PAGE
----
Review from The Headbanging Moose

March 5, 2020
From: The Headbanging Moose
Published: March 4, 2020 

Formed in 2014 in London, England, Urban Black Metal one-man project Kassad conveys an all-encompassing sense of existential terror and claustrophobic anxiety that hits you and builds to a crescendo before everything descends into dread and finally nothingness, combining the misery, futility, and madness of modern urban life with abrasive and gritty Black Metal and a hallucinatory ambience, being therefore highly recommended for fans of bands like Ihsahn, Darkspace, Burzum, Altar of Plagues, Nachtmystium and Downfall of Nur, among several others. After the releases of his debut EP Humans, in 2016, and his first full-length album Faces Turn Away, in 2017, an album that by the way explored themes of misery and claustrophobia in an urban setting, it’s time for Kassad to dive deep into this theme once again with his sophomore full-length opus, entitled London Orbital.

Recorded and mixed at Lusus Studios in London, mastered by Daniel Thabet at Liquid Studios, and featuring a gray and modern cover art by Brutal Colours, London Orbital centers around modern urban living and looks to a near future of megacities where the city itself is a personified, malevolent being where human empathy and culture have been replaced by artificial intelligence. “I wanted to create music for an imagined, future London – one where the city’s monoliths of glass and concrete have come alive to assert their malevolent control over the millions of people that live and toil amongst them. Workers travel in the vast shadows of these buildings, in the tunnels and transport systems that snake below or in the briefest snatches of sun that are yet to be blacked out. If you tilt your head and look at the city just right, you can already see the light starting to turn to darkness,” commented Kassad about his newborn spawn, an album that, besides its strong Black Metal root, also knows when to slow to a crawling funeral dirge to convey total despair and the loss of hope.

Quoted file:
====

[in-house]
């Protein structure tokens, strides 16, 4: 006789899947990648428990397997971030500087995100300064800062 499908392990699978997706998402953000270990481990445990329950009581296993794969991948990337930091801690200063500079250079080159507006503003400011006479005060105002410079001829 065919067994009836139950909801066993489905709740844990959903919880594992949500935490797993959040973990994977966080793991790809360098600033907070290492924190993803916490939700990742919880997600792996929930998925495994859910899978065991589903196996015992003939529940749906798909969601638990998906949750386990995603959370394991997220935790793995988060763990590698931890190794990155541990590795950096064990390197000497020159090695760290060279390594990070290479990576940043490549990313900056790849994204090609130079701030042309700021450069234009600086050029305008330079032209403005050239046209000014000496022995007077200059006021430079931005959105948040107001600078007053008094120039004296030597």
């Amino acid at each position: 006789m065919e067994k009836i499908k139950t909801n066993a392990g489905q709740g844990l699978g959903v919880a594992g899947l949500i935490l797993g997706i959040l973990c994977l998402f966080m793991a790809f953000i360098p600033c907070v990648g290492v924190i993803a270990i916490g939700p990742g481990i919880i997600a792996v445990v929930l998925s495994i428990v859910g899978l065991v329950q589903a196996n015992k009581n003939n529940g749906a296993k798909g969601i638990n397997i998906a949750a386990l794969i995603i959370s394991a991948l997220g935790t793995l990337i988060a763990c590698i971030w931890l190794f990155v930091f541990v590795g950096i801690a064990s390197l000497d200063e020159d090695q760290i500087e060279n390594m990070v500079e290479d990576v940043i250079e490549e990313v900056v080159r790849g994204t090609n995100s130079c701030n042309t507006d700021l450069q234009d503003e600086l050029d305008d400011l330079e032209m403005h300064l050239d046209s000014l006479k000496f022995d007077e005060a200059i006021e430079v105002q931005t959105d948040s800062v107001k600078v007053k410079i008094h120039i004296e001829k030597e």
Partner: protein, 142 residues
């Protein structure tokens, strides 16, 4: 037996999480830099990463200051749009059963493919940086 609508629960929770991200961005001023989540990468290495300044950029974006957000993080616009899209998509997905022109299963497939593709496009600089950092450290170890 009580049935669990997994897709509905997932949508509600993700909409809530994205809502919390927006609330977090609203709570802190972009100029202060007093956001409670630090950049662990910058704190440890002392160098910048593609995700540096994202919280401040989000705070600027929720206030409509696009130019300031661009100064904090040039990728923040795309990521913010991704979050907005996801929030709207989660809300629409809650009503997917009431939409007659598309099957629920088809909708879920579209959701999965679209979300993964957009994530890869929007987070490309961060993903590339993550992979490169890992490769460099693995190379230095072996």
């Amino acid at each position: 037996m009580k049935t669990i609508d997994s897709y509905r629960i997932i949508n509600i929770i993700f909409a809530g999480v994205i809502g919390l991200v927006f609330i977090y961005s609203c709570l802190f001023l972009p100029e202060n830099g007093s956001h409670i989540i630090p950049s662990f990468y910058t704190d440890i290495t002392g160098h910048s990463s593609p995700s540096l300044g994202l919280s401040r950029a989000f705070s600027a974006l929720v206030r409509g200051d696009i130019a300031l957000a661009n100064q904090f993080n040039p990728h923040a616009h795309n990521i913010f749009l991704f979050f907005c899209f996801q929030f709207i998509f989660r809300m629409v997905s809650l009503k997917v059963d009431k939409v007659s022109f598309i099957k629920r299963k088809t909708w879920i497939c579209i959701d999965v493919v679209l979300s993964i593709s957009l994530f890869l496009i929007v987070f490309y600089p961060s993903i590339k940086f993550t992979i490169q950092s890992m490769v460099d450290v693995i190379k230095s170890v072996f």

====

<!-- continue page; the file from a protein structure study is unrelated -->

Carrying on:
Ominous and melancholic sounds permeate the air from the very first second in The Boundary, where the serenity of Post-Metal is beautifully blasted by Kassad through his strident guitars and steady beats, exploding into high-end Urban Black Metal until its enfolding ending and with first-class poetry flowing from its introspective lyrics (“The city on the hill / Calls me for herself / Wants to own me / Like all her empty souls / That live inside her walls / A digital slave hoard / Eternal fires in code”). Then darker and heavier than the opening track, The Concrete is a gorgeous and captivating lesson in Atmospheric Black Metal where Kassad roars and gnarls in great fashion while at the same time he keeps pounding his drums and slashing his guitar strings nonstop, always focusing on extracting minimalist sounds and tones from all instruments.